SEPA deadline extended by six months to due to ‘slow migration’

The European Commission has extended the Single Euro Payments Area (SEPA) compliance deadline by six months to help prevent disruption caused by businesses slowness in adopting the payment standard.

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The European Commission has extended the Single Euro Payments Area (SEPA) compliance deadline by six months to help prevent disruption caused by businesses slowness in adopting the payment standard.

The extension means that credit payments which do not match the SEPA XML format will still be accepted up until August this year, though the formal deadline of February will remain in place.

The Commission’s internal market and services commissioner Michel Barnier said that decision was made as migration was occurring “too slowly” and called on EU Member States to “accelerate and intensify efforts” to spur uptake. He added that the extension was a "measure of prudence" to "counter the possible risk of disruption to payments and potential consequences for individual consumers and SMEs in particular”.

According to a survey conducted by the Commission and Eurosystem, adoption rates for the SEPA Credit Transfer (SCT) and SEPA Direct Debit (SDD) formats have been low so far. With migration levels at 64.1 percent for SCT and 26 percent for SDD in November 2013, it was considered unlikely that 100 percent target would be met by the February deadline.

The SEPA initiative is part of wider European Commission plans for a single market for the euro currency, first unveiled back in 2002. It is aimed at improving the speed and reducing the costs of cross-border credit and debit payments by businesses, as well as increasing competition between banks.

Although changes are mainly aimed at countries using the euro, any UK business making regular payments with the currency will be impacted. 

Businesses seeking to fully comply with SEPA regulations will be required to update their databases and financial systems to incorporate new payment details for customers and suppliers, as well as ensuring they have up-to-date versions of enterprise resource planning (ERP) systems.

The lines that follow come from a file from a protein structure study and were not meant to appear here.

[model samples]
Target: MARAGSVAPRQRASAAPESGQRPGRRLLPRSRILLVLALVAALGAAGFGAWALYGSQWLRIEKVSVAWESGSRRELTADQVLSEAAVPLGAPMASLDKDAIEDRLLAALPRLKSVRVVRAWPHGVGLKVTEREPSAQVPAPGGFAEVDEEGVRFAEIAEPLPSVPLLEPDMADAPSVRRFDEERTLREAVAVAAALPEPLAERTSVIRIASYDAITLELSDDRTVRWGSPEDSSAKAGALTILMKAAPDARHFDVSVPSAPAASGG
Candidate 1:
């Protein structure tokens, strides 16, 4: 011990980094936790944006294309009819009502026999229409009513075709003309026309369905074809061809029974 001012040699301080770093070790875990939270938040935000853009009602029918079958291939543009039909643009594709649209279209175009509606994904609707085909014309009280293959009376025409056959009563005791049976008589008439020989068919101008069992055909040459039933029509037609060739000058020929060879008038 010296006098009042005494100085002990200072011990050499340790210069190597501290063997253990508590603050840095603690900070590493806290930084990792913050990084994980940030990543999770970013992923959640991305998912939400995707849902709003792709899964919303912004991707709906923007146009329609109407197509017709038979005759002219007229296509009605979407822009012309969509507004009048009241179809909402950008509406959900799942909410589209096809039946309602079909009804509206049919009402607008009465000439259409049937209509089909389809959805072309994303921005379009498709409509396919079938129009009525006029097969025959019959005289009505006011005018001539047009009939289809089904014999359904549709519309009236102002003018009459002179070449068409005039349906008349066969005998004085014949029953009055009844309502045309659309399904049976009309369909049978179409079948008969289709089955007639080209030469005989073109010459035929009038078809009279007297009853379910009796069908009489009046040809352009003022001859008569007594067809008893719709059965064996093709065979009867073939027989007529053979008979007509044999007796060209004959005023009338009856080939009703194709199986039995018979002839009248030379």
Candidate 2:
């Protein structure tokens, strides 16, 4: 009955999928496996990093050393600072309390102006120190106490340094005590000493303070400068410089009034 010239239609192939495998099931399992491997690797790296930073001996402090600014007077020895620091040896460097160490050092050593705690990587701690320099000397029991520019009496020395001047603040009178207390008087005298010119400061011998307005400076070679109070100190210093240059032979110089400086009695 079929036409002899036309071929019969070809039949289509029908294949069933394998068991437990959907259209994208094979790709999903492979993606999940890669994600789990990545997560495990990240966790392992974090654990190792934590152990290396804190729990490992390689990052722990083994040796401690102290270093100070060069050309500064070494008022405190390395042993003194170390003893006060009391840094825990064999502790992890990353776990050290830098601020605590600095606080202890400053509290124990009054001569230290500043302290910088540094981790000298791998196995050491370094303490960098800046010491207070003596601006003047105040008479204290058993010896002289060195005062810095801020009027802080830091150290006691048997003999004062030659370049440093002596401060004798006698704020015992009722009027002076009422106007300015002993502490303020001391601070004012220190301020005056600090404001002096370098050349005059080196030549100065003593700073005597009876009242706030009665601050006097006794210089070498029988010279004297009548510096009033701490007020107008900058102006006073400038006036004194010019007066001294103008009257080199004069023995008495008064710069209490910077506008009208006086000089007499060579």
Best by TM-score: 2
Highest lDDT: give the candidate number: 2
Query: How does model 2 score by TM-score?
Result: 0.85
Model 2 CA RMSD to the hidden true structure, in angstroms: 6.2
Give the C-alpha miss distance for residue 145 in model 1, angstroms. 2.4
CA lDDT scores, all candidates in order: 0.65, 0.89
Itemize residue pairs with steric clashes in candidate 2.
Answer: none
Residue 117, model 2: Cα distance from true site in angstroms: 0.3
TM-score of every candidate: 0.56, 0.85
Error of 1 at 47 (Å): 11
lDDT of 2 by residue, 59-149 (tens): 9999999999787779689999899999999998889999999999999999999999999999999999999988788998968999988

In order to avoid payments being blocked, many SMEs have decided to use XML conversion services supplied by many banks to meet payment requirements. However the European Central Bank (ECB) has stated that relying on these conversion services for too long “may prevent stakeholders from reaping the full benefits of SEPA”, and will still require some preparation.

The ECB in October also warned against last minute “big bang” migrations by smaller firms, which will create "capacity issues and bottlenecks" for payments providers as the deadline approaches.

Tony Virdi, who has been involved in SEPA preparations in the UK as head of banking and financial services at outsourcer Cognizant, commented that ensuring compliance is not a “quick fix” for companies.

“The recent news that the European Commission is extending the SEPA migration deadline by six months will no doubt come as a welcome relief to many UK organisations,” he said.

“While major banks have already started advising and guiding their corporate clients in readiness for migration, there are too many financial institutions who were unsure whether the immediate migration date of 1st February 2014 applied to them, so have not started planning for SEPA migration yet.

“Ultimately, if they have subsidiaries, branches or even bank accounts within Eurozone countries, they will need to be SEPA compliant within the year. This extension shows that the EC recognises many are not ready and gives them a grace period, but they still need to react swiftly to be ready on time.” 

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